Accra, July 4, GNA –
Mr Benito Owusu-Bio, a Deputy Minister of Lands and Natural Resources, on
Wednesday launched the National Implementation Plan (NIP) on the Cocoa and
Forest Initiative intended to halt deforestation and degradation within the
cocoa supply chain.
The immediate focus
for implementing the Cocoa and Forest Initiative is to halt further deforestation
and forest degradation from 2018 to 2020, while securing the remaining forest
resources in the immediate short-term.
stakeholders at the launch in Accra, Mr Owusu-Bio said the Plan aimed to
facilitate planning and implementation of the commitments featured in the Joint
Framework for Action signed by the Government of Ghana and representatives of
chocolate and cocoa industry players during the Climate Change Conference
(COP23) in Bonn, Germany, in November last year.
pledged government’s commitment to enhance the environmental governance regime
in the cocoa sector and implement actions that would enable cocoa producers to
adopt cocoa agroforestry systems and practices that were climate compliant.
He said the launch
of the Plan demonstrated collective commitment and efforts of the players in
the cocoa supply chain to halt deforestation and forest degradation.
The Plan would serve
as the basis for companies in the forest management sector and cocoa value
chain to develop their individual action plans.
The NIP is expected
to gather support and experiences from the existing international and national
programmes and policies, including the Ghana Cocoa Forest Redd+ Programme, the
National Climate Smart Agriculture and Food Security Action Plan, the Ghana
Forest Investment Programme, the Ghana Forest Plantation Development Strategy
and the Strategic Development Goals Commitments, Convention on Biological
The Deputy Minister
said cocoa and forest were two important sectors of the country’s economy with
cocoa being the second largest foreign exchange earner while timber was the
In that regard, Mr
Owusu-Bio said any initiative to promote cocoa and forest resources were
relevant to the country’s development agenda.
He observed that
over the years, there had been massive decline of the nation’s forest resources
as a result of the continuous expansion of agriculture activities largely due
to cocoa farms in cocoa growing areas.
excitement that the nation was a beneficiary of the intervention, which was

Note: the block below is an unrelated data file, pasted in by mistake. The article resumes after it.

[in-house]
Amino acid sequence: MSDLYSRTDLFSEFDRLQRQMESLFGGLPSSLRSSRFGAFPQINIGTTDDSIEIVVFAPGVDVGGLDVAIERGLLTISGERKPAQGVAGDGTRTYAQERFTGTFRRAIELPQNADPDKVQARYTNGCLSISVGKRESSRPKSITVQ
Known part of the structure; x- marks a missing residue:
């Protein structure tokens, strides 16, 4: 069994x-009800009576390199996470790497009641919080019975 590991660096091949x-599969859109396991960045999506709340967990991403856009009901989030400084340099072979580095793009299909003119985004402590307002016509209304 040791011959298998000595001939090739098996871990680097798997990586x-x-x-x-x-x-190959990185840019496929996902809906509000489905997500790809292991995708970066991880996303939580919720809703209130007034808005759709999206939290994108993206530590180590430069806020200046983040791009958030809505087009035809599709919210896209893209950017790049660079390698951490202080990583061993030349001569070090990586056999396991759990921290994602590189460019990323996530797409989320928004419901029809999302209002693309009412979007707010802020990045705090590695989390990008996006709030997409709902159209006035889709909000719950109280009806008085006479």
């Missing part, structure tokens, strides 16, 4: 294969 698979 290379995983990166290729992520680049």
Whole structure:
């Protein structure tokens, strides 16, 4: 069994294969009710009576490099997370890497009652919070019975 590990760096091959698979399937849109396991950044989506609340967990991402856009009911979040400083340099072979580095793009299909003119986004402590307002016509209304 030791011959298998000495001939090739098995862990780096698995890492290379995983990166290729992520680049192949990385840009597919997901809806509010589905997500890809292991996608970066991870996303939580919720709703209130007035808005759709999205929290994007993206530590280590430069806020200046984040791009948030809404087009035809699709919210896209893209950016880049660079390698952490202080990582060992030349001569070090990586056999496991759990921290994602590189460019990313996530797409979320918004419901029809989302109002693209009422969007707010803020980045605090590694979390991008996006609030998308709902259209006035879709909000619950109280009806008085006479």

initiated by the Prince of Wales International Sustainability Unit, the World
Cocoa Foundation and Multi-national chocolate producing firms to work in
partnership towards reducing the rate of deforestation emanating from cocoa
In view of that, he
said, the nation had participated in a number of discussions with other
stakeholders in the commodity supply chain, culminating in the development of
the Joint Framework of Action.
Having signed the
Framework, Mr Owusu-Bio gave the assurance that the government was committed to
developing a comprehensive Implementation Plan, to guide the roll-out of a set
of activities in achieving the purpose of the initiative.
‘‘We will do our
best to circulate this Plan to all relevant stakeholders and undertake an
outreach programme to sensitise cocoa farmers across the cocoa and forest
‘‘The Ministry of
Lands and Natural Resources will try to raise funds through the central
government to support the implementation of the plan. In addition, we wish to
appeal to the private sector and our development partners to invest adequate
resources in this plan to improve the forest ecology and livelihoods of the
farmers,’’ the Deputy Minister assured.
Owusu-Afriyie, the Chief Executive Officer of the Forestry Commission, on his
part, described the Cocoa and Forest Initiative as one of the major
interventions to reverse the decline of the country’s forest frontiers.
He noted that it had
enhanced collaboration between the Commission and the Ghana Cocoa Board
(COCOBOD) and would resolve the tension that often existed between Forest
managers, cocoa farmers and COCOBOD on the other hand.
optimism that the Plan would complement the existing programmes that sought to
address the deforestation of the forest resources in order to preserve the
forest for the benefit of the present and future generations.
Mr Joseph Boahen
Aidoo, the Chief Executive Officer of COCOBOD, in an address, re-affirmed
COCOBOD’s commitment to the initiative, and said it would help in tackling
man-made, forest and environmental degradation.
He said the Board
would work tirelessly to move small-holder cocoa farmers from the quagmire of
low cocoa productivity to a state of high productivity and enumerative
He believed that the
collaborative efforts of the partners in the cocoa supply chain would help
build a resilient and robust cocoa sector.
Mr Aidoo said the
Initiative could be measured with three key pillars, including increasing
profitability and economic opportunities for cocoa farmers and other cocoa
value chain actors, productivity enhancement that does not compromise integrity
of existing forest as well as ensuring the restoration of endangered
Director of Forestry at the Ministry, Mr Musa Abu-Juam, gave an overview of the
Cocoa and Forest Action Plan.
He said the Plan had
three key objectives, namely; develop actions and activities to meet the Joint
Framework of Action, signed in Bonn, in November last year, develop a precise
standard outputs of activities and make provision on measurement and monitoring
of the Framework and declare content relation framework.